I don't believe that Sales is solely to blame, though that's where a CSM would most likely take the baton. Conversations between Sales and CS about TTV and ICP are imperative to have, but again, TTV doesn't matter if your customer didn't see the value before you even got started.
The following content was copied from Niclas’ recent LinkedIn post.
Time to value (TTV) is a very powerful metric. But it can also be a vanity metric if used incorrectly.
The reason why it’s often used incorrectly is that the definition of customer value, along with how value is being verified with customers, is not including customer voice - at all.
Customer value is rarely (never):
→ The tool has been activated/implemented
→ The customer got their user(s) setup
→ The customer logged in to the tool
→ The customer used [Feature_X]
Real customer value needs to be tied to real customer outcomes.
To verify these, a company must not just survey customers every now and then, but establish a seamless dialogue with them - throughout the entire customer journey.
After all, what value looks like the first 1-3 months of a partnership is usually very different from what value looks like after 12+ months of working together.
The following excerpt was copied from Arrows’ “Happy Customers Newsletter”.
Why Time To Value (TTV) Can Be a Deadly Onboarding Metric
Most onboarding teams measure their success based on the average Time To Value (TTV) of their customers. Some use onboarding completions. A handful explore the relationship between onboarding and specific product adoption metrics. Few however take into account this uncomfortable reality.
Your onboarding might fail before customers reach the average for any of those metrics.
Here’s the problem with using any simple measure of TTV, onboarding completion percentage, or time to adoption.
- Any individual customer is not the average - The average may be skewed by a few very “successful” or a few very “unsuccessful” onboarding journeys.
- The average does not tell you why - The average assumes that all moments and events inside the onboarding journey are both equal in time and equal for all customers.
You could very well be solving the wrong problems and spending your time in the wrong place by looking at the average Time To Value. TTV is like trying to improve your lap time on a racetrack without knowing if you need to go faster in the corners or get a whole new car entirely.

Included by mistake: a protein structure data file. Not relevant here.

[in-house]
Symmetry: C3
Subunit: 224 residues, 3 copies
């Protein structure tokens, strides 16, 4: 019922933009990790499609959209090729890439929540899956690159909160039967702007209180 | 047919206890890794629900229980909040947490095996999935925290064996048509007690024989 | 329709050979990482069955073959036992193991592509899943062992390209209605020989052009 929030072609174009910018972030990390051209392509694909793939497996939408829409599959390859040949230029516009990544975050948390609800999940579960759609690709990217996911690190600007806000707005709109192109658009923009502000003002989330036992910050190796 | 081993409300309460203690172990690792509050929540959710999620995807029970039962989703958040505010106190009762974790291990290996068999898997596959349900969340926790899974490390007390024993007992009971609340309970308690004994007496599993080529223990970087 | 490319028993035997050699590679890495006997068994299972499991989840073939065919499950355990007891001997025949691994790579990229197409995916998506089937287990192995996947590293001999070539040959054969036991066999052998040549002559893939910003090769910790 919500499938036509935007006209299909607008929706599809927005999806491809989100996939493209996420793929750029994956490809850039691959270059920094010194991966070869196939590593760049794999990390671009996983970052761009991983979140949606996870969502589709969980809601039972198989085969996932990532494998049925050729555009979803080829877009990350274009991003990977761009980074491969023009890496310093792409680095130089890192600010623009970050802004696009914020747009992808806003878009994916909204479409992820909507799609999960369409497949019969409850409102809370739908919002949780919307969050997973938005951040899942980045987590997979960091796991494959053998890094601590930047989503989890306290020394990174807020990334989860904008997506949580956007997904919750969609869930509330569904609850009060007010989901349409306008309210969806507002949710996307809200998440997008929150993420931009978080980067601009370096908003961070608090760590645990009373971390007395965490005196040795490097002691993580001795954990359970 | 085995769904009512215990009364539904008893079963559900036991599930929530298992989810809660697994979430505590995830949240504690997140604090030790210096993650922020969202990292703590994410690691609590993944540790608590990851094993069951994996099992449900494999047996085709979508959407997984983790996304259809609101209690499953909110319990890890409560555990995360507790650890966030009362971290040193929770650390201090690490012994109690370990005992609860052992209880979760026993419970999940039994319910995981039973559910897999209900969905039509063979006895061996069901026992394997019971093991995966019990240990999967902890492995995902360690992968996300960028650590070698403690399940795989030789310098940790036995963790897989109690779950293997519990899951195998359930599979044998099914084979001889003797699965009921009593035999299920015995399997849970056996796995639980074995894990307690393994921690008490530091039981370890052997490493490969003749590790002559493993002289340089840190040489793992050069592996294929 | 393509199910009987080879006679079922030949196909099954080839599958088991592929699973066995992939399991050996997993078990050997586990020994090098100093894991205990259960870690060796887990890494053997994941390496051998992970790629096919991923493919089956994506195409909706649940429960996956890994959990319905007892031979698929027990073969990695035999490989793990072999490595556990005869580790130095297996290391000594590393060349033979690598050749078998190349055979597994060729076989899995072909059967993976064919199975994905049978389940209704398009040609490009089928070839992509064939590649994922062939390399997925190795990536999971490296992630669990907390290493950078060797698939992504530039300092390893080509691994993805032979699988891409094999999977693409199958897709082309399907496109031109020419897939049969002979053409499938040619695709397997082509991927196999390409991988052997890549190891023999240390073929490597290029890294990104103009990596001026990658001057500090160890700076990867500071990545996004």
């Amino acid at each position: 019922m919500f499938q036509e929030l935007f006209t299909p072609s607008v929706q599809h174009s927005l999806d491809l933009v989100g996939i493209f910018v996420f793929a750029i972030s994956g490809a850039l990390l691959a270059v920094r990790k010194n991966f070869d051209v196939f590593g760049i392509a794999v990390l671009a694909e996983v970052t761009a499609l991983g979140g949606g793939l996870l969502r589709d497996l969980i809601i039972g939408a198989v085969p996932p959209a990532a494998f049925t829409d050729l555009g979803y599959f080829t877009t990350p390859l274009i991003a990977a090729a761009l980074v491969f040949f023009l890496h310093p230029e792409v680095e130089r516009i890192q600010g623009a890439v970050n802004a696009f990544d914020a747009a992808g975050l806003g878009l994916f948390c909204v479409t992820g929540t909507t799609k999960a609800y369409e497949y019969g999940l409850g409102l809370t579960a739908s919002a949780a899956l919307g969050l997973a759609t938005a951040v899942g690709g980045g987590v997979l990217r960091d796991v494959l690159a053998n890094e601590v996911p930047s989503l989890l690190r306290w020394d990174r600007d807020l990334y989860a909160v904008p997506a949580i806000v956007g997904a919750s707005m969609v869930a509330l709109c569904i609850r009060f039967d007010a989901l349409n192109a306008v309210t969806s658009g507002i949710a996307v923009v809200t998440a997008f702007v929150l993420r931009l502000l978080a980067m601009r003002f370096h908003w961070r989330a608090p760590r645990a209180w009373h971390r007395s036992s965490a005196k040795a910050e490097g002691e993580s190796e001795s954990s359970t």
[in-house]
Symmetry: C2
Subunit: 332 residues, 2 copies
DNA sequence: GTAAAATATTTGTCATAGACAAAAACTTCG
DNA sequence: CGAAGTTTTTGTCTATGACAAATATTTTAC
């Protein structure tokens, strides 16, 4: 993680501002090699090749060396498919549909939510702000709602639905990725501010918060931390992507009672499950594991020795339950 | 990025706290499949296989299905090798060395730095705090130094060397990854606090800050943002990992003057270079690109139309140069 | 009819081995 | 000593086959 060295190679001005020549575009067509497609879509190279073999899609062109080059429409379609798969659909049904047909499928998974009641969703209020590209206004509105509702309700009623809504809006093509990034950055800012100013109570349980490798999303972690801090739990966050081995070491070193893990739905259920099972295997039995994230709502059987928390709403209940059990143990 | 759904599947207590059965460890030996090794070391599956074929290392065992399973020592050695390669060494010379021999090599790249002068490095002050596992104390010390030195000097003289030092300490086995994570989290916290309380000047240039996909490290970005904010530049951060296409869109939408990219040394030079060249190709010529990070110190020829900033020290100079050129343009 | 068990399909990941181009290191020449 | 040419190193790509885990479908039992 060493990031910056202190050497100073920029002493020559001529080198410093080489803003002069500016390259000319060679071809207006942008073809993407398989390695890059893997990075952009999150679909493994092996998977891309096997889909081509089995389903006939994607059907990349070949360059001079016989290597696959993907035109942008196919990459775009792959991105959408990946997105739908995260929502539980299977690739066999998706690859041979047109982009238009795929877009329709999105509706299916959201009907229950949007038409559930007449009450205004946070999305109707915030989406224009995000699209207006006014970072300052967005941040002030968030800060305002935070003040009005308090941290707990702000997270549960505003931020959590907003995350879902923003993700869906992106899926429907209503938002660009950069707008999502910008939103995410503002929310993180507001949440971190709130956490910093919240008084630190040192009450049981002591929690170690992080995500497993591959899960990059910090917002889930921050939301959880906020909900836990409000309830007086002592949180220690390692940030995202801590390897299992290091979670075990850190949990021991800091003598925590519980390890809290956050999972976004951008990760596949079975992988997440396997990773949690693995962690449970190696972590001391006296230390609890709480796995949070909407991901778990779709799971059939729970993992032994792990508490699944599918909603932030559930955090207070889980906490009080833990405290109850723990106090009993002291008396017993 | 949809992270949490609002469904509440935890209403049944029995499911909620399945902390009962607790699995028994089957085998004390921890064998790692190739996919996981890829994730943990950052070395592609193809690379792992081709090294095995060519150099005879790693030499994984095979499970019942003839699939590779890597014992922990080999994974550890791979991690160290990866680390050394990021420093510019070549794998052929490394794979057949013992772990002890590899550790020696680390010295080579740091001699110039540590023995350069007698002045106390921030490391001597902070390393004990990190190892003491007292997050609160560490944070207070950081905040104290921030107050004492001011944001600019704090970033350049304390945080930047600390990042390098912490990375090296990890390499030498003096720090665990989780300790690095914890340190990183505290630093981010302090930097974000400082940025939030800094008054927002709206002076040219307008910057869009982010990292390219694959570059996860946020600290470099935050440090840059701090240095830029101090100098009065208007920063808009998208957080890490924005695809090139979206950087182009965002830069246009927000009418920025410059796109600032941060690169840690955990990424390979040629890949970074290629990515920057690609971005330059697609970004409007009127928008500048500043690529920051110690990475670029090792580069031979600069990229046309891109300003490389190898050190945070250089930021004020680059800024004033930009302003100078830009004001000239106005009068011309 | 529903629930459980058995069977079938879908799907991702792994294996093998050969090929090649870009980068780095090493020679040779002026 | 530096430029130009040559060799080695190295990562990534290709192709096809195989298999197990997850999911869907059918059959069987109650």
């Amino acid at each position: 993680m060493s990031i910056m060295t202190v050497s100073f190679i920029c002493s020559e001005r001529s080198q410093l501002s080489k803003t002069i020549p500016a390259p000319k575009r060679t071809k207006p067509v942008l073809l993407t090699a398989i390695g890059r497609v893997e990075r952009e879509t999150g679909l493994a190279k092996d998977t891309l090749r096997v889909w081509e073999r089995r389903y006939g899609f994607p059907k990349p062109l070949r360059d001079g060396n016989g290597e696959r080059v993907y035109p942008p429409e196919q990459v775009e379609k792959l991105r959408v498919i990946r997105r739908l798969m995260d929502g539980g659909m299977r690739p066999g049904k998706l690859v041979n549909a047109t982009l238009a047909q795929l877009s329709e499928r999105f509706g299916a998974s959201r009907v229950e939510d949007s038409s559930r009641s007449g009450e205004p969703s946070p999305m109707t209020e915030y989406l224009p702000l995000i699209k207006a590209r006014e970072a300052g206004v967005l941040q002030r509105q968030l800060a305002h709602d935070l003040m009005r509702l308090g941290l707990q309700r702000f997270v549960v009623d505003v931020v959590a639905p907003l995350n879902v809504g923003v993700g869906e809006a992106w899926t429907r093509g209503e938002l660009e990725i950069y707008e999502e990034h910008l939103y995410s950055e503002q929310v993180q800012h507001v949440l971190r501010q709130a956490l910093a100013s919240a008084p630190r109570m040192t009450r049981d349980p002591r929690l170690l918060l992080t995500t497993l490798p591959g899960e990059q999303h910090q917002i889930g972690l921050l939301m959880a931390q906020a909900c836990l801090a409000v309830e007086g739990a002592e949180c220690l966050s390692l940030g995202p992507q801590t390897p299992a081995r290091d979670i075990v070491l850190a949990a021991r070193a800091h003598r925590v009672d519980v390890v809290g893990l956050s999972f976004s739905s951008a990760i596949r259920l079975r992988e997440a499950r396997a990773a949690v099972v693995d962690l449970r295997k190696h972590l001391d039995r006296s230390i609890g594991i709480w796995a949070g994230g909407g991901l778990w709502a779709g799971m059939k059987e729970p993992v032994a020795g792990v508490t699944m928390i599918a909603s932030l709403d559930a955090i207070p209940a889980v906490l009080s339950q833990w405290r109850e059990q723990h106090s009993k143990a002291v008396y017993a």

For TTV to be actionable, you need to know how quickly different customers are making progress towards your definition of value. You can’t wait until months down the line — nor a tenth of that time. In onboarding, momentum is king.
Here’s the secret: Know the actual time it takes customers to complete each step on their journey through onboarding. Only then can you identify the blockers and strategically intervene at the right moment to improve your metrics. To do this you need a granular cohort based metric in place of TTV.
Why granular? Because understanding which specific steps in the journey are blocking and how blocking they are relative to others is the best way to prioritize effort.
Why cohort based? Because looking at onboarding performance by cohort allows us to establish a baseline and track our impact on that baseline over time. We can also create cohorts based on different parameters to deepen our understanding.
Cohort based measurement can do a lot for your onboarding. On the surface your new metric might look similar to TTV when looking at the aggregate data. But unlike TTV you can tailor it to explore questions about onboarding performance specific to your business.
A granular cohort metric lets you ask (and answer!) thorny cause-and-effect questions, about your onboarding like:
- Based on their team size and the plan a customer purchases, how quickly do we expect them to be activated?